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Complete uterine inversion during caesarean section: A case report.

Vavilis D, Tsolakidis D, Athanatos D, Goutzioulis A, Bontis JN - Cases J (2008)

Bottom Line: Inversion of the uterus through the uterine lower segment incision during a caesarean section is an extremely rare obstetric incident.It consists, though, an emergency complication that is potentially life-threatening, especially in cases of prolonged inversion, because haemodynamic instability and shock may occur.Prompt diagnosis and immediate uterine reversion are the key actions in the management of this serious complication.

View Article: PubMed Central - HTML - PubMed

Affiliation: First Department of Obstetrics and Gynaecology, Aristotle University of Thessaloniki, 'Papageorgiou' Hospital, Thessaloniki, Greece. vavilis@auth.gr.

ABSTRACT
Inversion of the uterus through the uterine lower segment incision during a caesarean section is an extremely rare obstetric incident. It consists, though, an emergency complication that is potentially life-threatening, especially in cases of prolonged inversion, because haemodynamic instability and shock may occur. Prompt diagnosis and immediate uterine reversion are the key actions in the management of this serious complication.

No MeSH data available.


Related in: MedlinePlus

Complete uterine inversion with fundally implanted placenta (Top: fundus of the uterus, bottom: cervical contraction ring).
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Figure 1: Complete uterine inversion with fundally implanted placenta (Top: fundus of the uterus, bottom: cervical contraction ring).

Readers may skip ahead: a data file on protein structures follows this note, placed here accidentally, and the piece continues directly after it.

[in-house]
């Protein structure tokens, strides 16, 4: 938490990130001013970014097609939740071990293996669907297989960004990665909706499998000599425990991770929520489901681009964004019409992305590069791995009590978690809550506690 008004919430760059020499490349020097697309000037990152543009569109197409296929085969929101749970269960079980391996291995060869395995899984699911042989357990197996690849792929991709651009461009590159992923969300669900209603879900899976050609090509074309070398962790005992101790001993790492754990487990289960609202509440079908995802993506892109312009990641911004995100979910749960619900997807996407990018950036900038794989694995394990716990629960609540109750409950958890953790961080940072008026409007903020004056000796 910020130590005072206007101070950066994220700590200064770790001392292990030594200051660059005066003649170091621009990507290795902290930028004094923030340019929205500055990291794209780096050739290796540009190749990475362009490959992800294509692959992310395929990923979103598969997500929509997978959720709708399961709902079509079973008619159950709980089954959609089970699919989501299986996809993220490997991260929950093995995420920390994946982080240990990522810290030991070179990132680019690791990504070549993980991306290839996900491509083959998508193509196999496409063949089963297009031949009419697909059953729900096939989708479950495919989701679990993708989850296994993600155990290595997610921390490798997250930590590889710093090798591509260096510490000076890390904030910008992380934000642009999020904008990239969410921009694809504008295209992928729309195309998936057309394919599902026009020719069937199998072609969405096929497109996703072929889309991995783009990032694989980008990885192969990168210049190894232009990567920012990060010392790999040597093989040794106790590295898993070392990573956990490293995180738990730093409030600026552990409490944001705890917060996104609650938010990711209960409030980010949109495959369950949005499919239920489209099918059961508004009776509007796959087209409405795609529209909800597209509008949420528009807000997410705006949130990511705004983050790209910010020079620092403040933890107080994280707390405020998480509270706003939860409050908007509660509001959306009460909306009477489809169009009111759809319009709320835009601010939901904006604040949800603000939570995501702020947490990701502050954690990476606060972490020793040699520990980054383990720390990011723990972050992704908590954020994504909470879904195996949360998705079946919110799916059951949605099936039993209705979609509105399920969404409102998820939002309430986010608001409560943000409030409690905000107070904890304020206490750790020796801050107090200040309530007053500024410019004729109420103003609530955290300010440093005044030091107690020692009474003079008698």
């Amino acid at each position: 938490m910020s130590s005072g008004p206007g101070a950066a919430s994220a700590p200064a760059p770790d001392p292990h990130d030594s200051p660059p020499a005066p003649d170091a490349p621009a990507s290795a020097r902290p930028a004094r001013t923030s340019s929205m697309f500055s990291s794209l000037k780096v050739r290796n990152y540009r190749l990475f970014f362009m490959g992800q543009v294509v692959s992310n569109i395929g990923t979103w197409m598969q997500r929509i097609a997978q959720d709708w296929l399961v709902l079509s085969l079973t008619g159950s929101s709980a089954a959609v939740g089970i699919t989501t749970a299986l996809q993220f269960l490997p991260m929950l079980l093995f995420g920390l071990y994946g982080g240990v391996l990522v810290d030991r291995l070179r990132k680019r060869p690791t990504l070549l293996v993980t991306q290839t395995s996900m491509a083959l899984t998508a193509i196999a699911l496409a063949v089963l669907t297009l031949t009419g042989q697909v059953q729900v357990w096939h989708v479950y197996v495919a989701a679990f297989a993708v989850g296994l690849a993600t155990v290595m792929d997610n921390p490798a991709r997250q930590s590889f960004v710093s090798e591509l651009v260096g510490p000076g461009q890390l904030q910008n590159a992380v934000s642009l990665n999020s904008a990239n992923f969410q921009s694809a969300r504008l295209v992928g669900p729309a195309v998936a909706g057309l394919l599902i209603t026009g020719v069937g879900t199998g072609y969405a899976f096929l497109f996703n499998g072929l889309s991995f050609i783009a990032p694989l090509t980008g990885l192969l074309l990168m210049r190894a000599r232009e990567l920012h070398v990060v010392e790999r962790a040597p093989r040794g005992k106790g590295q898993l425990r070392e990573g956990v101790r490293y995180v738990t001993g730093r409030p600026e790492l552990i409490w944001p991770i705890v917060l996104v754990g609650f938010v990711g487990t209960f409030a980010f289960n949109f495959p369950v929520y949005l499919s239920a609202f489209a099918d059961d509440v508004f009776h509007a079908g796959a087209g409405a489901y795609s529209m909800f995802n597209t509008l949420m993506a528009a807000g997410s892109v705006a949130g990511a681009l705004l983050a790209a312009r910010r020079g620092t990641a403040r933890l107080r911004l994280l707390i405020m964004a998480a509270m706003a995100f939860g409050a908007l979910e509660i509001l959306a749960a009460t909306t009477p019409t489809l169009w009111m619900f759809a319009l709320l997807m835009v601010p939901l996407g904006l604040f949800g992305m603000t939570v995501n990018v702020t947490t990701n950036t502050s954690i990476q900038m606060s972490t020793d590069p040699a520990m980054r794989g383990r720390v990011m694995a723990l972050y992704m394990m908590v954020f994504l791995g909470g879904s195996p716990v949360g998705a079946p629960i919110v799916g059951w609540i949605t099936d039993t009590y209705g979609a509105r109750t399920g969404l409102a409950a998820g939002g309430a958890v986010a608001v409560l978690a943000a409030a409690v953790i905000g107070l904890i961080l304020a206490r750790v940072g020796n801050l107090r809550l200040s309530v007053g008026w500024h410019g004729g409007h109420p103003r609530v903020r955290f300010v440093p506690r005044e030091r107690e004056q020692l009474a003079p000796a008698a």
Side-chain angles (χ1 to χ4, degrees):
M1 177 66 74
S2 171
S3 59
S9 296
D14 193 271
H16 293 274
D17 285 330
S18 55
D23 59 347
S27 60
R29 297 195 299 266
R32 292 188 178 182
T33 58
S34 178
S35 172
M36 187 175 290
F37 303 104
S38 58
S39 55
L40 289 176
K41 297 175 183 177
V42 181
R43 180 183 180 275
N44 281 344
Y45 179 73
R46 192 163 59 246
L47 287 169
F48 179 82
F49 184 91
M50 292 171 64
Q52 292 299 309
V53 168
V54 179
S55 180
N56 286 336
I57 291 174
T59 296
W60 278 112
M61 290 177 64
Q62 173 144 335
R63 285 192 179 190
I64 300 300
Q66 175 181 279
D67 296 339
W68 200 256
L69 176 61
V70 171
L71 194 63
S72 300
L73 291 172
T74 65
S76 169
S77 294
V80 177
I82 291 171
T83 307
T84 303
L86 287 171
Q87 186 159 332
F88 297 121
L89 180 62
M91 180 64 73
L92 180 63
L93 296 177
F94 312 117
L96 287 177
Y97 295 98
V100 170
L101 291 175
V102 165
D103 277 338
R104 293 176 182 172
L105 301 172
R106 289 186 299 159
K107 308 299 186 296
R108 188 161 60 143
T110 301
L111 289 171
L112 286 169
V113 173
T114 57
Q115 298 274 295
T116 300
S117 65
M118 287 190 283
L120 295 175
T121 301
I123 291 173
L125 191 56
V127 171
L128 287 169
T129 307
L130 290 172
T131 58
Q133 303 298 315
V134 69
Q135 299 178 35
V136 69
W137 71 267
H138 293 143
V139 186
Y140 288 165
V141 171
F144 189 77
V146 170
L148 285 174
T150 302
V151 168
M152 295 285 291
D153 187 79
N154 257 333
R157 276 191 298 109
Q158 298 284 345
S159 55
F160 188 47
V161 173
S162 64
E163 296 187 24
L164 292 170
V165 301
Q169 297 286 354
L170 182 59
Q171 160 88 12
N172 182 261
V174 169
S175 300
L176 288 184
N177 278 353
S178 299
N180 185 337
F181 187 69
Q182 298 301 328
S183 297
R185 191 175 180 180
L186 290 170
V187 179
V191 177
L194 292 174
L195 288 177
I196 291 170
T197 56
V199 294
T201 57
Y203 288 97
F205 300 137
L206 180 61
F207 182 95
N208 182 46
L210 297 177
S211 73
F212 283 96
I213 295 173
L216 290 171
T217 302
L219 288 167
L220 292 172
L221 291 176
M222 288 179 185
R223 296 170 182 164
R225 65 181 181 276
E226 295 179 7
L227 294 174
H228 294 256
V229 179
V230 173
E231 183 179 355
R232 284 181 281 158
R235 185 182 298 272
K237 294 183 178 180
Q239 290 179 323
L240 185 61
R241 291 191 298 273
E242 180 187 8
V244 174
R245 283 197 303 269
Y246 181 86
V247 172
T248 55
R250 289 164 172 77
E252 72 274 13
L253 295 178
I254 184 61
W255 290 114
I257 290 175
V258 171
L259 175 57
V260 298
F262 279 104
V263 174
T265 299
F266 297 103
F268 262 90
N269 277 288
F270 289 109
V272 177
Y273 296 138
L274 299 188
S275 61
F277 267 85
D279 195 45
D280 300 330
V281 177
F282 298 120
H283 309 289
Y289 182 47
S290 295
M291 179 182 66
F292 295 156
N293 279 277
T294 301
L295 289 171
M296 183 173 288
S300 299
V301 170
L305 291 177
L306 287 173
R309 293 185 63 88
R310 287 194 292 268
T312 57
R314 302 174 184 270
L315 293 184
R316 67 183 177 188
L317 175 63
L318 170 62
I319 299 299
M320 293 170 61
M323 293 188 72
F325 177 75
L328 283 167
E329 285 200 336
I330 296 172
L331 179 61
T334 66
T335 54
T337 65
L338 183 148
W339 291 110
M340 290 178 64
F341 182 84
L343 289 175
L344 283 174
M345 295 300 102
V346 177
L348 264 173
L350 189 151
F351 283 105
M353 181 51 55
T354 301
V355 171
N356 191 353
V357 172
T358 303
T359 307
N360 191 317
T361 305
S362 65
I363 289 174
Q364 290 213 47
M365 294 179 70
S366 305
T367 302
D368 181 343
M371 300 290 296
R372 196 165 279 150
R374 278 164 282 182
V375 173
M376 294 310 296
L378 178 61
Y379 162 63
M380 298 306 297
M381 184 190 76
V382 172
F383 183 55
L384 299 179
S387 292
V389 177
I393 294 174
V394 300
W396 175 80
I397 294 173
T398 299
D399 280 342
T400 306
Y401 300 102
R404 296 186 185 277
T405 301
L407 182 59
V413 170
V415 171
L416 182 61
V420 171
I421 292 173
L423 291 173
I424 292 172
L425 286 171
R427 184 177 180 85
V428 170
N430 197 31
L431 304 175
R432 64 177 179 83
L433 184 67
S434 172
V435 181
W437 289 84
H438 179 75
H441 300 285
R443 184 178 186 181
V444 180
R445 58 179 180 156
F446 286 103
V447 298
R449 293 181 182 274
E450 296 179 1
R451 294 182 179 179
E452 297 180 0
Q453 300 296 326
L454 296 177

Mentions: Delivery of the fetus was uneventful. After the baby was born, an intravenous bolus of 10 i.u of oxytocin was administered. Uterine contraction was noted and gentle cord traction was applied in order to remove the placenta. With slight cord traction, complete inversion of the uterus, through the uterine incision occurred with the placenta remaining firmly attached to the uterine fundus (Fig. 1). The inverted uterus was exteriorized at once and the placenta was manually removed. Several attempts for uterine reversion were done unsuccessfully for less than five minutes. Eventually, sevoflurane anesthesia was deepened from 1% to 5% and reversion of the uterus was finally achieved by gradually rolling the lowermost part of the posterior edge over the uterine fundus, thereby reverting that part that inverted last. The uterus was repositioned intraabdominally and an infusion of 20 i.u oxytocin plus 0.2 mg methylergometrine in 1000 ml Ringer's Lactated set maintained the uterine contractions. Sevoflurane progressively was reduced to the initial concentration. Uterine closure was followed by closure of the abdominal cavity. No significant changes in the haemodynamic status of the patient were noted during the operation. Blood loss was estimated at 1500 ml and two units of whole blood were transfused. After the end of cesarean section, 0.8 mg of misoprostol was given per rectum. The postoperative period was uneventful and the patient was discharged from the hospital on the 4th postoperative day.